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A 46 year old Indian woman presented with a 15 year history of painless, nodular swellings over the fingers and wrist of her right hand, which were making daily activities increasingly difficult. An excision biopsy three years before had revealed a calcifying aponeurotic fibroma, but the lesion had recurred. She was otherwise well with no other rheumatological or metabolic disease. Plain radiographs showed well defined, calcified lesions that appeared to erode the adjacent bone (fig 1).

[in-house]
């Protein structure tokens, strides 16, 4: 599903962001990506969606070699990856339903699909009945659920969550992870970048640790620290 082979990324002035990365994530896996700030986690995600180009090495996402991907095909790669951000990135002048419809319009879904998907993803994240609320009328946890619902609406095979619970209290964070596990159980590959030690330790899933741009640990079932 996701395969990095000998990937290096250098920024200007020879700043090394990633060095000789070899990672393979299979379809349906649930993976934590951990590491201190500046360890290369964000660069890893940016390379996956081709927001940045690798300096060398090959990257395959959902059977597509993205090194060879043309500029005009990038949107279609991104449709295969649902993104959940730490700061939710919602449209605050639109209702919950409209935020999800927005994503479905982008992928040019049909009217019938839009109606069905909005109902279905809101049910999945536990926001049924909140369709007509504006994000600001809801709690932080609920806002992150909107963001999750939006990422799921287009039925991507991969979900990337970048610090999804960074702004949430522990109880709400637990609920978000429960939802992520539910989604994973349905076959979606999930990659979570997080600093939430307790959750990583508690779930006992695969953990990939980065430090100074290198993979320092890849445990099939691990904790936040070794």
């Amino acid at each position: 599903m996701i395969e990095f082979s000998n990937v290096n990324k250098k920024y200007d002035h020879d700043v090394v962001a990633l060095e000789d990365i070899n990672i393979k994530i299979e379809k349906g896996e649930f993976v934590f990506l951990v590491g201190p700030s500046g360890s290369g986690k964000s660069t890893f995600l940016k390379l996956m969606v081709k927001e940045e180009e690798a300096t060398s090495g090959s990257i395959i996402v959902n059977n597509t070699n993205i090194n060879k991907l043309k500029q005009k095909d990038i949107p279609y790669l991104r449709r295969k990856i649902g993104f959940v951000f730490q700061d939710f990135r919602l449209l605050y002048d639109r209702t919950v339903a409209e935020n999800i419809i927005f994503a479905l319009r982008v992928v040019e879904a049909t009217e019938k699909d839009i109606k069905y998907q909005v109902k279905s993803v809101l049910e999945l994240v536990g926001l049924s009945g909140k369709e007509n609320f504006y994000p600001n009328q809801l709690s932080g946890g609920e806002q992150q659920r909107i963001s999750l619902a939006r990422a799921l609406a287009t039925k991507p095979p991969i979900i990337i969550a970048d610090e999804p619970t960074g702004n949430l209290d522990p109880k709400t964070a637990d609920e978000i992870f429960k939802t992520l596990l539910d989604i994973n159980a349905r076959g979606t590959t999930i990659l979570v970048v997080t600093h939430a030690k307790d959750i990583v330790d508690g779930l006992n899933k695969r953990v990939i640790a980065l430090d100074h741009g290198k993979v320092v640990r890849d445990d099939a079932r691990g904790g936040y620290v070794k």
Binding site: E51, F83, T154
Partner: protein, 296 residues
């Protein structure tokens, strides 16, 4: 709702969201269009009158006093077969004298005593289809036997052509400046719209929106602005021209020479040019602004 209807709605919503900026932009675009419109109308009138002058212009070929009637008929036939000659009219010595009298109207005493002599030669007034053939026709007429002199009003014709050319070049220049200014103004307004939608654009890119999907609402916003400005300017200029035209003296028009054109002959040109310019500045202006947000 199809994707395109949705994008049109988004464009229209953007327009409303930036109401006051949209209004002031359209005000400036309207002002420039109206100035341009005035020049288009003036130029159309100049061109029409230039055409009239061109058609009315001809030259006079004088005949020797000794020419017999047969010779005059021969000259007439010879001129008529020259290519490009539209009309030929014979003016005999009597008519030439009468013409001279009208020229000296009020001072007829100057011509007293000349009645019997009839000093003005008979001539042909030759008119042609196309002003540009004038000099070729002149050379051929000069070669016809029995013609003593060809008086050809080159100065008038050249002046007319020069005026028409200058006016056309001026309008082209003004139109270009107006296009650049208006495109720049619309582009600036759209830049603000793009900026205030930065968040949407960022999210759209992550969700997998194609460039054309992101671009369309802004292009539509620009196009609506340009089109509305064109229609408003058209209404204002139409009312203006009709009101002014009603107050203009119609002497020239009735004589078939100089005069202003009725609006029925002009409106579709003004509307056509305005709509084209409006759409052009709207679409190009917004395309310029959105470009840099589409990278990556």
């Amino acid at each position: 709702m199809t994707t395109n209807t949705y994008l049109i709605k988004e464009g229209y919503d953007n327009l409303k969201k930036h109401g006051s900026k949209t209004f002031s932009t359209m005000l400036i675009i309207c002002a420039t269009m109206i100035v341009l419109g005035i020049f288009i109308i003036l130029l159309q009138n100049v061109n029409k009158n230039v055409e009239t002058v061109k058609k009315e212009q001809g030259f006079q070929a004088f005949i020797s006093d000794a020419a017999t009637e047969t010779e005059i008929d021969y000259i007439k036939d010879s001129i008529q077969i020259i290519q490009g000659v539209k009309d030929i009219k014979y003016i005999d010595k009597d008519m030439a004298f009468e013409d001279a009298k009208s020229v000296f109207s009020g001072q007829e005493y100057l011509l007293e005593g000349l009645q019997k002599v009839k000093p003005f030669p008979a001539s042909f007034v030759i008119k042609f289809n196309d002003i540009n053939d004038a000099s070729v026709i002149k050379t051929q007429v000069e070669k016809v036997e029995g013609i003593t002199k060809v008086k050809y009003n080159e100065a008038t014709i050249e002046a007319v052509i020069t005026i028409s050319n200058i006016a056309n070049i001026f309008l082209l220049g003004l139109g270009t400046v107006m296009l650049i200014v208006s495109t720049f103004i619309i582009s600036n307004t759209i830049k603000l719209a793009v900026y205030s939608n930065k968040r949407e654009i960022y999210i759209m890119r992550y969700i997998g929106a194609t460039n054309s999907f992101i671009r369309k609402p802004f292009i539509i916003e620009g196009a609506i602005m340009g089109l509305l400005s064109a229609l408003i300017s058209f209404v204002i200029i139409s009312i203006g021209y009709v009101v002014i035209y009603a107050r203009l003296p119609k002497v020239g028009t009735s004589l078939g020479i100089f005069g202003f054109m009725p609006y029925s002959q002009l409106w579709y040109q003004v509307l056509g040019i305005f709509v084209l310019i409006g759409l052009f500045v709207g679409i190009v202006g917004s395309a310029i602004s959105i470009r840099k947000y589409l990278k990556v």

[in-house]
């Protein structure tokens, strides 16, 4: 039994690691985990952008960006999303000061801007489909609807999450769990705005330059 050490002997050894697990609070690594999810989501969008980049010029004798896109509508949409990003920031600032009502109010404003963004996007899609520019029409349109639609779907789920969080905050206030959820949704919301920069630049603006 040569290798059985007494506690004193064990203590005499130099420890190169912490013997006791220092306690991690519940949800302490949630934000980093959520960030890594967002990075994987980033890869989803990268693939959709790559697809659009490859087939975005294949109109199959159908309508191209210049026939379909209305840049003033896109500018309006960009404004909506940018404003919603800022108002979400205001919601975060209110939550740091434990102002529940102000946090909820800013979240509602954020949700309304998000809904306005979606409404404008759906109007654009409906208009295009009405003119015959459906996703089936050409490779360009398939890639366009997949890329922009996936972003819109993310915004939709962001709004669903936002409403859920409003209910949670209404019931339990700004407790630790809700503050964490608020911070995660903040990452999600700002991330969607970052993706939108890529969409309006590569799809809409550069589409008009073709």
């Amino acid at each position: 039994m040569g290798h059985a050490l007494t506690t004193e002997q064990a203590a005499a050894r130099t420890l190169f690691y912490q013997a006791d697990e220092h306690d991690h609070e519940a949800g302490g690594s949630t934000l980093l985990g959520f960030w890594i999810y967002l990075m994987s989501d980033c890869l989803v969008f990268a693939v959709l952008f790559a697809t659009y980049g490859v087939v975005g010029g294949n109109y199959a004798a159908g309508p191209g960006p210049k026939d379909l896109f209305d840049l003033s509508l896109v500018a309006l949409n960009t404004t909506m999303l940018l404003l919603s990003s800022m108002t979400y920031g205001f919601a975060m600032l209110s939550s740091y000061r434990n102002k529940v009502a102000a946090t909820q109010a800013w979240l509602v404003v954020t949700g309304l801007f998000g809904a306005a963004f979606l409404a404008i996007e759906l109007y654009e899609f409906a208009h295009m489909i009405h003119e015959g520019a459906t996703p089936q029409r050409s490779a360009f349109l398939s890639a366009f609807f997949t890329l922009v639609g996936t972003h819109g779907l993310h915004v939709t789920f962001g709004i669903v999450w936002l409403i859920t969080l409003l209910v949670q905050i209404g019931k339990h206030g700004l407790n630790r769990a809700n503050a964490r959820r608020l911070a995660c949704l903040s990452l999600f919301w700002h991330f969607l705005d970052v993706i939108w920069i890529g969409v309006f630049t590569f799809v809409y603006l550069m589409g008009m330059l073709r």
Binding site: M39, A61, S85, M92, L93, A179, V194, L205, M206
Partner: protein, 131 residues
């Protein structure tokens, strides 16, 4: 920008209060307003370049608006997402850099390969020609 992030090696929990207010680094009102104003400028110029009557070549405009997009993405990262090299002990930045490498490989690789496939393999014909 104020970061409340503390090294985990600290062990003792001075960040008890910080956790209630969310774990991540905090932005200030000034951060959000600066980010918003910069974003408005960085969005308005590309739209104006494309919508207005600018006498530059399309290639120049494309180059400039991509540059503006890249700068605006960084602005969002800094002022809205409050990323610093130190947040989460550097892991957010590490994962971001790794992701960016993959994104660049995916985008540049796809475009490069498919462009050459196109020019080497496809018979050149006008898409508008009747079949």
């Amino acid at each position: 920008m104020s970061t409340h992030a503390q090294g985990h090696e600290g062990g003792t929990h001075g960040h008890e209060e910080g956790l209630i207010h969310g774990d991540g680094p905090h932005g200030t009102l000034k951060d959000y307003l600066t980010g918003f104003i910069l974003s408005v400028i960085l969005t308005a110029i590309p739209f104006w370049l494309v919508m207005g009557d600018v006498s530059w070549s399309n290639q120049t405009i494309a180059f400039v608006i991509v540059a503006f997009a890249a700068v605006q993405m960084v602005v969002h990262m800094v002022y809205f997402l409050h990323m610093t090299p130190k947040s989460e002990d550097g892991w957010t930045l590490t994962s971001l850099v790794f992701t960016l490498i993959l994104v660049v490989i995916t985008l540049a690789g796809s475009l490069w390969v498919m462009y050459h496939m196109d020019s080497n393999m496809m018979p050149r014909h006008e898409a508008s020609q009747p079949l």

Calcifying aponeurotic fibromata are rare soft tissue tumours, usually present in childhood and typically affect the fingers and palms.1 They are slow growing and painless, and almost never undergo malignant transformation. Histologically, they are characterised by lines of plump fibroblasts, surrounding areas of dense collagenous stroma with focal calcification. Treatment should be conservative, as local recurrence after excision is seen in 50% of cases.
Contributors: ian mccurdie, sli s jawad. Rheumatology Department, The Royal Hospitals NHS Trust, Mile End Hosptial, Bancroft Road, London E1 4DG.
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